Swedish Police Arrest Four Terror Suspects

Swedish police arrested four people on suspicion of preparing a terror attack and evacuated an arts center in Sweden's second largest city on the eve of the 9/11 anniversary, officials said Sunday.

The four were arrested in the west coast city of Goteborg and were suspected of plotting terrorism, said Sara Kvarnstrom, spokeswoman for the Swedish security police, SAPO. She declined to give details on the arrests and wouldn't say whether they were linked to the 10-year anniversary of the Sept. 11 terrorist attacks in the United States.

Kvarnstrom said SAPO saw no reason to raise its terror alert level, which has been at "elevated" since October.

"Our assessment is that there is no reason for public concern at the moment," she told The Associated Press.

Police in Goteborg said in a statement they had evacuated the Roda Sten arts center, located beneath the city's landmark half-mile (933-meter) Alvsborg bridge, due to a threat deemed to pose "serious danger for life, health or substantial damage of property."

Goteborg police said they had assisted security police with the arrests, but declined to give any further comments.

Kvarnstrom declined to say if the arts center or the bridge were considered potential targets for a terror attack.

The Alvsborg bridge runs over Goteborg's harbor to connect the mainland with the island of Hisingen. The six-lane passage is a vital link from the Norwegian capital Oslo to southern Sweden.

Roda Sten is a former heating plant that was abandoned for years being reopened as an arts center in 2000, according to its website. About 400 people were celebrating the opening of an international biennial for contemporary art at the graffiti-covered brick building when police ordered everyone to leave, said Mia Christersdotter Norman, the head of Roda Sten.

"Around midnight I was called out by the police and they said there was a threat to the building and asked us to quietly stop the party, which we did and everyone left," Christersdotter Norman told The Associated Press.

"Police have searched the building but they didn't find anything," she said, adding the arts center would reopen as usual on Sunday.

She said she had no information about the arrests, and had not been aware of any threats against the arts festival or its participants before the police operation.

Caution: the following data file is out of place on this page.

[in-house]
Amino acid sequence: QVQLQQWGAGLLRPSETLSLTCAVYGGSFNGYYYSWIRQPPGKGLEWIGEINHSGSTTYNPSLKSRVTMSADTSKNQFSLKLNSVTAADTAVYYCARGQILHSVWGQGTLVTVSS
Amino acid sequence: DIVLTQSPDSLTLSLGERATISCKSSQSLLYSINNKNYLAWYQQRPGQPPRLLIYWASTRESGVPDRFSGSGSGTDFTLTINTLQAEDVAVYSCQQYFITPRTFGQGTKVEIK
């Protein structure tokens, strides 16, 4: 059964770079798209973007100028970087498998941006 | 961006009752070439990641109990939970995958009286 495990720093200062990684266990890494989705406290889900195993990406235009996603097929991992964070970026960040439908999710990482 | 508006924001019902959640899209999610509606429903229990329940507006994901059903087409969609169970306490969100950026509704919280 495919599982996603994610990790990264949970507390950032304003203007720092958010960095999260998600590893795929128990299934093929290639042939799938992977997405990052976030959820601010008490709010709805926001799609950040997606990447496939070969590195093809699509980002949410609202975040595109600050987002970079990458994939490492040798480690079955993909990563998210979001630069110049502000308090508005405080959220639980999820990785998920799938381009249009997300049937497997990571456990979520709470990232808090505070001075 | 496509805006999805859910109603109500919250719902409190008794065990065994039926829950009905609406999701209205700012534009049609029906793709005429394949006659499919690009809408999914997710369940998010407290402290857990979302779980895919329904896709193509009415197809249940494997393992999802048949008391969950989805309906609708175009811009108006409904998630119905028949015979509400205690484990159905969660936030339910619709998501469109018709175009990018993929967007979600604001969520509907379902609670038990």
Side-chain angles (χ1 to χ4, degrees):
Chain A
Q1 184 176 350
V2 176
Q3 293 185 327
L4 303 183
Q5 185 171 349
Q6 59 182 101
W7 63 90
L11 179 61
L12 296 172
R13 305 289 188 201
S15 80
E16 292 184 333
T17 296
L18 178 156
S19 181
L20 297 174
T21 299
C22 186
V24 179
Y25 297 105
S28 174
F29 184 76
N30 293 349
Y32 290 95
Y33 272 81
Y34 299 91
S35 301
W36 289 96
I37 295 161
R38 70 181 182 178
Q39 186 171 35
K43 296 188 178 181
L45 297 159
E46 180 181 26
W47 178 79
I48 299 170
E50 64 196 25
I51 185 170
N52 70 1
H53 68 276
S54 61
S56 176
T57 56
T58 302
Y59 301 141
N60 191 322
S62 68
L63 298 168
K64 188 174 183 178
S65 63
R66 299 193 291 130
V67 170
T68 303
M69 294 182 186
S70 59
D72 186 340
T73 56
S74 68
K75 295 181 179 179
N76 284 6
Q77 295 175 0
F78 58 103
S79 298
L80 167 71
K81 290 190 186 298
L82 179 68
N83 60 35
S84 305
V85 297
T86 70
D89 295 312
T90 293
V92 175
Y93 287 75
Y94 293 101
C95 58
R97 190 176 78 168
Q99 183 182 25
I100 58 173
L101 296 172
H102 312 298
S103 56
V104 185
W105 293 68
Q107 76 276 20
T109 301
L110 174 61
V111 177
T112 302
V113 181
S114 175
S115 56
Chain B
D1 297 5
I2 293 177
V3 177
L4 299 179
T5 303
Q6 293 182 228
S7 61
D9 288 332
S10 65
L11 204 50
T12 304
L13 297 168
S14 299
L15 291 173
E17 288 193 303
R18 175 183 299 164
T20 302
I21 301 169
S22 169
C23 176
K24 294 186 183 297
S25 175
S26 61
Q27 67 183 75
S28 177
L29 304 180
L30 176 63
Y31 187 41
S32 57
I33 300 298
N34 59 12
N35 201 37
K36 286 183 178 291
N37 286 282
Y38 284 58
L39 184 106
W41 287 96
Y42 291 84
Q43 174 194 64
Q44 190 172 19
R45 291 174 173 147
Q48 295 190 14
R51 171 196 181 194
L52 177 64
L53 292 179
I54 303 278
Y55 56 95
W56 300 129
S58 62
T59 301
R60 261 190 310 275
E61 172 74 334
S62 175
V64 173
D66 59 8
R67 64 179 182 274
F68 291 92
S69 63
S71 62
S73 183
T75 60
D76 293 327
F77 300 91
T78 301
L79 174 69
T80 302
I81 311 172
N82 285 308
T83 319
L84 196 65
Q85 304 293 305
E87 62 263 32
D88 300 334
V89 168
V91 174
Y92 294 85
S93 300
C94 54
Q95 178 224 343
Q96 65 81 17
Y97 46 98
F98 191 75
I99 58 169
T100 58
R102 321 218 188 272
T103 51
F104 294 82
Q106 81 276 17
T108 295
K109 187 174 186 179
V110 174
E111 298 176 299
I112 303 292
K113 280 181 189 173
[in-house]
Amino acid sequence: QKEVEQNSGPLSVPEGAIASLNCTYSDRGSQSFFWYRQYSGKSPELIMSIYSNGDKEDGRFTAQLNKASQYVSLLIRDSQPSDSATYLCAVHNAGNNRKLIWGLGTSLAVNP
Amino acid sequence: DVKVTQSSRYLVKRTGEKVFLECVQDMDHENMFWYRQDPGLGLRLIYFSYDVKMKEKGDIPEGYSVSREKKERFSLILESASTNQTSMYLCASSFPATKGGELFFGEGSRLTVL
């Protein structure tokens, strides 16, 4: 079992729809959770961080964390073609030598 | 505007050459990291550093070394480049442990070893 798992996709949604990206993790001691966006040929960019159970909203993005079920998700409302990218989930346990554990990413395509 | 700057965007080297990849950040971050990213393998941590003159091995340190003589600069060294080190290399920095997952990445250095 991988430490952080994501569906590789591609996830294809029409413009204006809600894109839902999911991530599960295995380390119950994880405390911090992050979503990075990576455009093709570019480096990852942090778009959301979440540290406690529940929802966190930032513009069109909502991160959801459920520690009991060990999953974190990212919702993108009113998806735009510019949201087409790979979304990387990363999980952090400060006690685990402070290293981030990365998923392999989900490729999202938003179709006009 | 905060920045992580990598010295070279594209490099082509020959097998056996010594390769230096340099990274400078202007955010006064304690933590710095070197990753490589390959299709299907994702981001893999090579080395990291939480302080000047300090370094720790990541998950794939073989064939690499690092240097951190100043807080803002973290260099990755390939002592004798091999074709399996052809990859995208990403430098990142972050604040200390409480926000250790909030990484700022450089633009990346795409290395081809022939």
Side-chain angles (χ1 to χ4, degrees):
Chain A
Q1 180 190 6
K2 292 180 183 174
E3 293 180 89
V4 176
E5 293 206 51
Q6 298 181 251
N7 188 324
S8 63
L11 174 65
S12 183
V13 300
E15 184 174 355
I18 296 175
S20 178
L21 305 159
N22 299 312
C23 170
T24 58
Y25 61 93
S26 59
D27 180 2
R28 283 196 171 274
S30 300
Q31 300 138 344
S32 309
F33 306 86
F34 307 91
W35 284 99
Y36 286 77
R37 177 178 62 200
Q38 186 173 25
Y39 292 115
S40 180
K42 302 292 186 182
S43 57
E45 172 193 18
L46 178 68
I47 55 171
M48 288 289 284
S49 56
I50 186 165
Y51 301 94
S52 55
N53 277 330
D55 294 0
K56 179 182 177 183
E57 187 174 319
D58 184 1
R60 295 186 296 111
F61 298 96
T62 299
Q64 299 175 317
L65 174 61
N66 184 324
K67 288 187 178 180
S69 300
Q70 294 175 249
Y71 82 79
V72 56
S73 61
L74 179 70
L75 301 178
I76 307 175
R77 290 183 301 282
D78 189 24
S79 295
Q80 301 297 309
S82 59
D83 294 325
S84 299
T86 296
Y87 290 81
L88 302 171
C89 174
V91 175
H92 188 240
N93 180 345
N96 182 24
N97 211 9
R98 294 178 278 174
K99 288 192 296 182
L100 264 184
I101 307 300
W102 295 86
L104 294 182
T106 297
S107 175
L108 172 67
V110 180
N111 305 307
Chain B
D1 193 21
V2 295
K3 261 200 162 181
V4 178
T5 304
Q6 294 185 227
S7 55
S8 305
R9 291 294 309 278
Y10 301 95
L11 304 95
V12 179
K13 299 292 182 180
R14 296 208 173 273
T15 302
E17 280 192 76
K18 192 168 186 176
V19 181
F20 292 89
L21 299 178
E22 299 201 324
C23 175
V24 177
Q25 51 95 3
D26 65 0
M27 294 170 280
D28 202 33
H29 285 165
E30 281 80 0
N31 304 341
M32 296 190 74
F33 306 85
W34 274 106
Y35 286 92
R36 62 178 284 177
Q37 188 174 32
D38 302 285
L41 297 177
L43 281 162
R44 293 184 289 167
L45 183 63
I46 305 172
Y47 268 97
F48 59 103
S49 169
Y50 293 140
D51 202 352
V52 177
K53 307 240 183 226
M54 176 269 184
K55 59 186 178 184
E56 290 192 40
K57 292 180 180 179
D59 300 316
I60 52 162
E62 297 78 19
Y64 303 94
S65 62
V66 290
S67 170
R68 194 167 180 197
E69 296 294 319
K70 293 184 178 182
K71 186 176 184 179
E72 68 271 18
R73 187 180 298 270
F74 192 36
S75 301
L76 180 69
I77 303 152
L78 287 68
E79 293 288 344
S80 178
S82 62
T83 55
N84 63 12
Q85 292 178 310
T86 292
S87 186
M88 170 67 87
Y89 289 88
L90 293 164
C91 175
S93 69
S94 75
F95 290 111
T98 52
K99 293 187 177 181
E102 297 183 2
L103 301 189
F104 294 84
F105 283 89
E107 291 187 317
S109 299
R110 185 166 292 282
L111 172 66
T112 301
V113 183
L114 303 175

Klas Eriksson, a disc jockey, was just about to start at Roda Sten when police broke up the party. People were worried but there was no panic, he said.

"It was just after midnight. Police said that they had arrested four people and that the building had to be evacuated," Eriksson told AP.

"I thought it was scary," he said. "Your thoughts go to 9/11, because it was just after midnight. But you don't know. It could be anything."

In December, suicide bomber Taimour Abdulwahab blew himself up in downtown Stockholm among panicked Christmas shoppers, injuring two people and causing shock in a country that had largely been insulated from terrorism.

The 2007 drawing of the Prophet Muhammad by a Swedish cartoonist raised tensions in Sweden. In May, Lars Vilks was assaulted while giving a speech in Uppsala, and vandals unsuccessfully tried to burn down his home in southern Sweden. His cartoon was reportedly the inspiration for Abulwahab's attack. Vilks was not attending the art biennial in Goteborg.

In a report detailing the extent of extremist Islamist networks in Sweden, ordered months before that attack, the SAPO security agency had downplayed the risk of terror attacks in the Nordic country. Activity among radicalized Muslims in Sweden is primarily directed toward supporting militants in other countries, including Somalia, Afghanistan and Pakistan, it said.

Magnus Norell, a terrorism expert at the Swedish Defense Research Agency, declined to speculate about what was behind Sunday's arrests, but said the general threat in Sweden remains low.

"It was low in December 2010 as well -- but at the same time Sweden is a part of the world and a global context," he said.

Scandinavia has largely been focused on Islamic terrorism since Sept. 11, but in the wake of Norway's terrorist attack by a right-wing anti-immigrant Norwegian, the European police agency said it was setting up a task force of more than 50 experts to help investigate non-Islamist threats in Scandinavian countries.